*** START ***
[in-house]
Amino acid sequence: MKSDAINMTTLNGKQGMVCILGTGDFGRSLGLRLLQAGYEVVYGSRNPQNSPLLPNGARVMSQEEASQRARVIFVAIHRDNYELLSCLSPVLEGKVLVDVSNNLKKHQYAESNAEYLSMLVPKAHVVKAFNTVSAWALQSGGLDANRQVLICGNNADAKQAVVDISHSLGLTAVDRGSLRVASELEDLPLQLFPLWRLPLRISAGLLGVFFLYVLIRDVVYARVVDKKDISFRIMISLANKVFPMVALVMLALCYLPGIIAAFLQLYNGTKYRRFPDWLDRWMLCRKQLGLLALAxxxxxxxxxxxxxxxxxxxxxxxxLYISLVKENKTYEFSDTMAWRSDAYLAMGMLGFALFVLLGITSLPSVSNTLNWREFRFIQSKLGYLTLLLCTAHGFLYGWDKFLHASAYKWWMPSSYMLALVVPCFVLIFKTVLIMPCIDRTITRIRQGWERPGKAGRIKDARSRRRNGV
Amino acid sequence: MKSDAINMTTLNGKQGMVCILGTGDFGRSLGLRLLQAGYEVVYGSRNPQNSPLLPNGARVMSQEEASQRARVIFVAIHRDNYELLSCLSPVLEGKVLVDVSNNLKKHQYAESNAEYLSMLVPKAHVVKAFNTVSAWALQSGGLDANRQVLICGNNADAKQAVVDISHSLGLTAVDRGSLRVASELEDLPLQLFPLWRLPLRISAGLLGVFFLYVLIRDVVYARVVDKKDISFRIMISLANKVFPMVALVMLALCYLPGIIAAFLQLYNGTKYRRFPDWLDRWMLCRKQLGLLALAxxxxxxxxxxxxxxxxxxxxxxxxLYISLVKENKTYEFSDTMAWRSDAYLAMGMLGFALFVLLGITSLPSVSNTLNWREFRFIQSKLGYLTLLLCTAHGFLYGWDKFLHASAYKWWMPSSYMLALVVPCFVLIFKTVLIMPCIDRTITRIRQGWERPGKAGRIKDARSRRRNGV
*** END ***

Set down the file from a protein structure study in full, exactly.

[in-house]
Amino acid sequence: MKSDAINMTTLNGKQGMVCILGTGDFGRSLGLRLLQAGYEVVYGSRNPQNSPLLPNGARVMSQEEASQRARVIFVAIHRDNYELLSCLSPVLEGKVLVDVSNNLKKHQYAESNAEYLSMLVPKAHVVKAFNTVSAWALQSGGLDANRQVLICGNNADAKQAVVDISHSLGLTAVDRGSLRVASELEDLPLQLFPLWRLPLRISAGLLGVFFLYVLIRDVVYARVVDKKDISFRIMISLANKVFPMVALVMLALCYLPGIIAAFLQLYNGTKYRRFPDWLDRWMLCRKQLGLLALAxxxxxxxxxxxxxxxxxxxxxxxxLYISLVKENKTYEFSDTMAWRSDAYLAMGMLGFALFVLLGITSLPSVSNTLNWREFRFIQSKLGYLTLLLCTAHGFLYGWDKFLHASAYKWWMPSSYMLALVVPCFVLIFKTVLIMPCIDRTITRIRQGWERPGKAGRIKDARSRRRNGV
Amino acid sequence: MKSDAINMTTLNGKQGMVCILGTGDFGRSLGLRLLQAGYEVVYGSRNPQNSPLLPNGARVMSQEEASQRARVIFVAIHRDNYELLSCLSPVLEGKVLVDVSNNLKKHQYAESNAEYLSMLVPKAHVVKAFNTVSAWALQSGGLDANRQVLICGNNADAKQAVVDISHSLGLTAVDRGSLRVASELEDLPLQLFPLWRLPLRISAGLLGVFFLYVLIRDVVYARVVDKKDISFRIMISLANKVFPMVALVMLALCYLPGIIAAFLQLYNGTKYRRFPDWLDRWMLCRKQLGLLALAxxxxxxxxxxxxxxxxxxxxxxxxLYISLVKENKTYEFSDTMAWRSDAYLAMGMLGFALFVLLGITSLPSVSNTLNWREFRFIQSKLGYLTLLLCTAHGFLYGWDKFLHASAYKWWMPSSYMLALVVPCFVLIFKTVLIMPCIDRTITRIRQGWERPGKAGRIKDARSRRRNGV